Magellan was first to sail around the world, right? Think again. Five hundred years ago, Ferdinand Magellan began a historic journey to circumnavigate the globe.
Simple, right? Not really— the explorer and his voyage are a study in contradiction. Magellan was Portuguese, but sailed on behalf of Spain. He was a formidable captain, but his crew hated him. His expedition was the first to sail around the world, but he didn’t end up circling the globe himself. Nonetheless, it’s clear that Ferdinand Magellan’s 1519 expedition changed the world forever. Brutal, bellicose, and brave, Magellan turned a commercial voyage into a hair-raising showdown with a wide world few Europeans could imagine. The Portuguese nobleman was born Fernão de Magalhães around 1480.
At the time, Portugal and Spain were involved in an intense rivalry to see who could find and claim new territory where they could source the spices coveted by European aristocrats. After winter weather forced his ships to wait for months in what is now Argentina, Magellan’s crew mutinied. Bullnyacadmed00253 0102. Document 4 e28093 encomienda system comparing perspectives. Smallpox and the Conquest of Mexico - Past Medical History. Cuauhtemoc Surrenders. From Fray Bernardino de Sahagún, Florentine Codex, Book 12, Chapter 40 Here it is told how the men of Tlatilulco and Tenochtitlan surrendered to the Spaniards and what happened when they were among them.
And when they had gotten him [Cuauhtémoc] there and when he was on land, all the Spaniards came to see. They came to take him. The Death of Magellan, 1521. The Death of Magellan, 1521 Born in Portugal, Ferdinand Magellan took part in a number of Portuguese expeditions exploring and conquering the East Indies during the early 1500s.
By 1517, however, he found himself out of favor with King Emanuel and shifted his allegiance to King Charles I of Spain. The Spanish king accepted Magellan's proposal to lead a voyage westward to the riches of the Spice Islands of present-day Indonesia. Capture of an Inca King: Francisco Pizarro From Narrative of the Conquest of Peru, by his secretary, Francisco de Xeres, 1530-34 [Pizarro sends for Atahualpa.] Spain's American Colonies and the Encomienda System. Lecture 2: The Age of Discovery. Introduction -- The mid-to-late 15th century has quite rightly been called the AGE OF EXPLORATION and Discovery.
It was an age in which European sailors and ships left the coastal waters of the Old World and embarked on their adventure on the vast "green sea of darkness. " First, Portuguese ships, then Spanish and finally, in the late 15th and early 16th centuries, British, French and Dutch ships set out to discover a world, a world they originally called the Other World, but eventually called the Mundus Novus -- the New World. The costs were minimal but the risks were high. Whole continents were discovered and explored. However, despite the fact that history textbooks have, until quite recently, always glamorized this age of European exploration, there is one series fact we need to consider.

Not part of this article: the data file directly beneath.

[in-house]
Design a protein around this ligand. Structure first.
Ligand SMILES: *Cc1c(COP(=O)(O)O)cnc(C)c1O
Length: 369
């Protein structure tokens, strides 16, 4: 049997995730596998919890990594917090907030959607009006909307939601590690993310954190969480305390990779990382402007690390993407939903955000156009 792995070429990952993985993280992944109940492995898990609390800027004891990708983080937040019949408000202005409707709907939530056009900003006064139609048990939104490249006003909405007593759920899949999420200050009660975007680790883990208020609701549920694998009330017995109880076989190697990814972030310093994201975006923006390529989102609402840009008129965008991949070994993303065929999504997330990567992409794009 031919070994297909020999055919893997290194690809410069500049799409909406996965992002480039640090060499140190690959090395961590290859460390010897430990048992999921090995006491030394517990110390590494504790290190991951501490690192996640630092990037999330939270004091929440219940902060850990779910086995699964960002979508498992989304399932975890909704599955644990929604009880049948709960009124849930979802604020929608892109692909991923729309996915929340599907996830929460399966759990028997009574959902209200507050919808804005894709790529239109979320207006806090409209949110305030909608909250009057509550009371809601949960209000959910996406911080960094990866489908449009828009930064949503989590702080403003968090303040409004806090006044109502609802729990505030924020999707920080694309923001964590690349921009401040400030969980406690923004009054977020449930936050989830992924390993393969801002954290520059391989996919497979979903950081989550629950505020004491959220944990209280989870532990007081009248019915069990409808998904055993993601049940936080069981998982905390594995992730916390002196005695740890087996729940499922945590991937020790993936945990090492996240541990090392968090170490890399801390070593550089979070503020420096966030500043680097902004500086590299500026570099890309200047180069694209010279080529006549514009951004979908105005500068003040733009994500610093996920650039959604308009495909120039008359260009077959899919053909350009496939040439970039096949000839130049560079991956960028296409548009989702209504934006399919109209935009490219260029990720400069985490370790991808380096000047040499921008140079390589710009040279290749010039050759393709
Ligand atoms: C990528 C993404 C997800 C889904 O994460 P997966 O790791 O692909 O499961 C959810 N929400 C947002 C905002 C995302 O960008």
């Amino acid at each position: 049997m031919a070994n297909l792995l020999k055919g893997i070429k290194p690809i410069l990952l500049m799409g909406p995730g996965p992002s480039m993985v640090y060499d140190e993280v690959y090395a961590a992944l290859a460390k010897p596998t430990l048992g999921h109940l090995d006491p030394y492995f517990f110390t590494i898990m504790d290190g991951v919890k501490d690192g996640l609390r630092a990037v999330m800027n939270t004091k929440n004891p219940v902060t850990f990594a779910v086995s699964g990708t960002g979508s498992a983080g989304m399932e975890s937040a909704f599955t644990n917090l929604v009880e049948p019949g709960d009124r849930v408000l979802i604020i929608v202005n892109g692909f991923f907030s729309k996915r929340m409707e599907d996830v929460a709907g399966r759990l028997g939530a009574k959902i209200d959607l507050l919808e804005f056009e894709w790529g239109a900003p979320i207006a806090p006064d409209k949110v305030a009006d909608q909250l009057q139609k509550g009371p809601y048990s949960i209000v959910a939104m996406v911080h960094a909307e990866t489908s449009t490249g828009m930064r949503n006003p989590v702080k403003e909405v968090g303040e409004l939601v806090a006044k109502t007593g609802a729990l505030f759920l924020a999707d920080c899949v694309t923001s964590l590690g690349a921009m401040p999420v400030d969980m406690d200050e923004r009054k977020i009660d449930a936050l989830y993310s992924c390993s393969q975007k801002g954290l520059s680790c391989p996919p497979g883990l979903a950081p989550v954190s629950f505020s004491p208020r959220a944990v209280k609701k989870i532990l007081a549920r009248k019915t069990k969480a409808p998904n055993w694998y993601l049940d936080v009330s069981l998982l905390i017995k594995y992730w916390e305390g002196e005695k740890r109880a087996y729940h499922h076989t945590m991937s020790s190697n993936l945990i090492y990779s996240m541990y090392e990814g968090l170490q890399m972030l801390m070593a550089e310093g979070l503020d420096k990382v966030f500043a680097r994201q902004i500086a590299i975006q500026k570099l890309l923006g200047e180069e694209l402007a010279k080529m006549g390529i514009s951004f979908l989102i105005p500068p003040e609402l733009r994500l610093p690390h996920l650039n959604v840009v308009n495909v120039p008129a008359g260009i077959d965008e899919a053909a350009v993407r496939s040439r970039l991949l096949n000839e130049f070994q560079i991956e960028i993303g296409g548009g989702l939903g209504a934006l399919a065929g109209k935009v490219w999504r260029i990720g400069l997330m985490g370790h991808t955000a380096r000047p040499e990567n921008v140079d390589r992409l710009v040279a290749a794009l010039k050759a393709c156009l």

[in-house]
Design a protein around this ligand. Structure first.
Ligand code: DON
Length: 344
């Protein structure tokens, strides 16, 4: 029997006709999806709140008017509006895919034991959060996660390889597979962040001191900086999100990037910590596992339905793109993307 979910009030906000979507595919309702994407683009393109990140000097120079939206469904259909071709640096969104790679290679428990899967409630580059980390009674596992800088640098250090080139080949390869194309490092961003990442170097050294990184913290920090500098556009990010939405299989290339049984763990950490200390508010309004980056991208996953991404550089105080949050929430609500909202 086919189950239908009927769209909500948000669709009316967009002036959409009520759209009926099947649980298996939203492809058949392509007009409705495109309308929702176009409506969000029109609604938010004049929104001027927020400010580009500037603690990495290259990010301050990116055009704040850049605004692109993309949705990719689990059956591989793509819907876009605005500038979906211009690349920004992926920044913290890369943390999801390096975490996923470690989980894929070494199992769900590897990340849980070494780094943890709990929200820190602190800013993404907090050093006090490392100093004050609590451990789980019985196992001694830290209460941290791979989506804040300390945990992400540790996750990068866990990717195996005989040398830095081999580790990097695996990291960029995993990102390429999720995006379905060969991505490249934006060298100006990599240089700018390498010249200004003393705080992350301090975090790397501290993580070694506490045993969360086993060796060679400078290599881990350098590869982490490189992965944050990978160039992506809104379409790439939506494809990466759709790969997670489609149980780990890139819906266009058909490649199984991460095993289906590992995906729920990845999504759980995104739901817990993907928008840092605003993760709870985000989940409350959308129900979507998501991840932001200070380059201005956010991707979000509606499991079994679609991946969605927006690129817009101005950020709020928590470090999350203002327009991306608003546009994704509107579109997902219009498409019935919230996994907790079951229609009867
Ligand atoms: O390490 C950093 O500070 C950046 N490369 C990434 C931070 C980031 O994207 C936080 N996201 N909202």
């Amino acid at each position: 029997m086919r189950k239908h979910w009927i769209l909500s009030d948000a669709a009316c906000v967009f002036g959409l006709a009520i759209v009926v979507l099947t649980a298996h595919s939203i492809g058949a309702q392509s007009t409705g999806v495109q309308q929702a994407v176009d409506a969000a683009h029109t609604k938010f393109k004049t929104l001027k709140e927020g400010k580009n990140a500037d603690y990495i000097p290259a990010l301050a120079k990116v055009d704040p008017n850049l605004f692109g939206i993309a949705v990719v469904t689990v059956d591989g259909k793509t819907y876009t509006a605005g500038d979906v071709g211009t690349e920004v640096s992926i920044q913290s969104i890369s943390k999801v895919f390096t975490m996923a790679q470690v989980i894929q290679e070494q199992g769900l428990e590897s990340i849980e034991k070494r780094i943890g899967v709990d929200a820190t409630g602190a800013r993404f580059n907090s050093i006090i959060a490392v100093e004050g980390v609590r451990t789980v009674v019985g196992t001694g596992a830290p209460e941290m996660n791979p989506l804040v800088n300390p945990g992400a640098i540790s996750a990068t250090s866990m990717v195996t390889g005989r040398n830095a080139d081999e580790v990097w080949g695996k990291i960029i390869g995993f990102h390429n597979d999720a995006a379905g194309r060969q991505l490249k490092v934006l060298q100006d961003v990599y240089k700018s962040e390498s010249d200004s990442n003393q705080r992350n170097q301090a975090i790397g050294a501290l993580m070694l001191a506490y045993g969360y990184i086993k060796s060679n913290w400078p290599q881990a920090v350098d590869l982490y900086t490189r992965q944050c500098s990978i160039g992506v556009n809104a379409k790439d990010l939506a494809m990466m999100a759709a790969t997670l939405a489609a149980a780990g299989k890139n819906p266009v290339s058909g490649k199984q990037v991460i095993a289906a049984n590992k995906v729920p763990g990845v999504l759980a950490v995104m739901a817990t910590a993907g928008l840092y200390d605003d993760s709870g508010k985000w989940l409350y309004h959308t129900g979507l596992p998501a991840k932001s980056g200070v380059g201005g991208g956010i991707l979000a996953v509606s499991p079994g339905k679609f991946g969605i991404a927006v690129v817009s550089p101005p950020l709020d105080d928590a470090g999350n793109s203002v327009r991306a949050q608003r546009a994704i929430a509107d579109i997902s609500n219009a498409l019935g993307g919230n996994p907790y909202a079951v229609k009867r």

Why did Europeans take to the Ocean Sea? A third motive was economic. There were, of course, many obstacles to success in ocean navigation. Other Spanish discoveries followed those of Columbus. National Geographic - America Before Columbus. Christopher Columbus, Journal (1492) Hernán Cortés: Brutal conquest of the Aztec Empire. 10 Aztec Sacrifice Facts – Human Sacrifices. The Aztecs were a powerful and dominant society that lived in central Mexico from the 12th to the 14th century.
They built a civilization with highly educated and skilled people, complex infrastructure and architecture and a sophisticated political system. However, what most people today know the Aztecs for is the practice of human sacrifice. In this article, we will explore 10 bloodthirsty facts about the ritual that was steeped in religion and mythology. Add a comment to this Aztec sacrifice video here. 1. Human sacrifice was performed by many South American cultures at this time, including the Mayans. 2. How Magellan circumnavigated the globe - Ewandro Magalhaes. Interested in learning more about Ferdinand Magellan?
This link is a great starting place! This History site about Portuguese explorer Magellan is also full of great information. Princeton University also has a wonderful resource about Magellan and his voyages. Take a look! The history of chocolate - Deanna Pucciarelli. Cocoa grows only 20° north and south of the equator.
Click here to see the major growing regions. There are many chocolate timelines, here is a brief sequencing of innovations and discoveries listed on a commercial chocolate of the month club. Etymologists trace the origin of the word "chocolate" to the Aztec word "xocoatl," which referred to a bitter drink brewed from cacao beans. The late Sophie Coe and her husband Michael Coe posit in their book the True History of Chocolate that the earliest linguistic evidence of chocolate consumption stretches back three thousand years, to pre-Columbian cultures of Mesoamerica such as the Olmec.
Why would a very bitter substance, cacao beans, encased in a shell be chosen as the consumable while the white, sweet pulp surrounding the cocoa beans not be eaten as a fruit nectar, or fermented into an alcoholic beverage? Today farmers and scientists understand how crucial the pulp’s role is to fermenting cacao beans.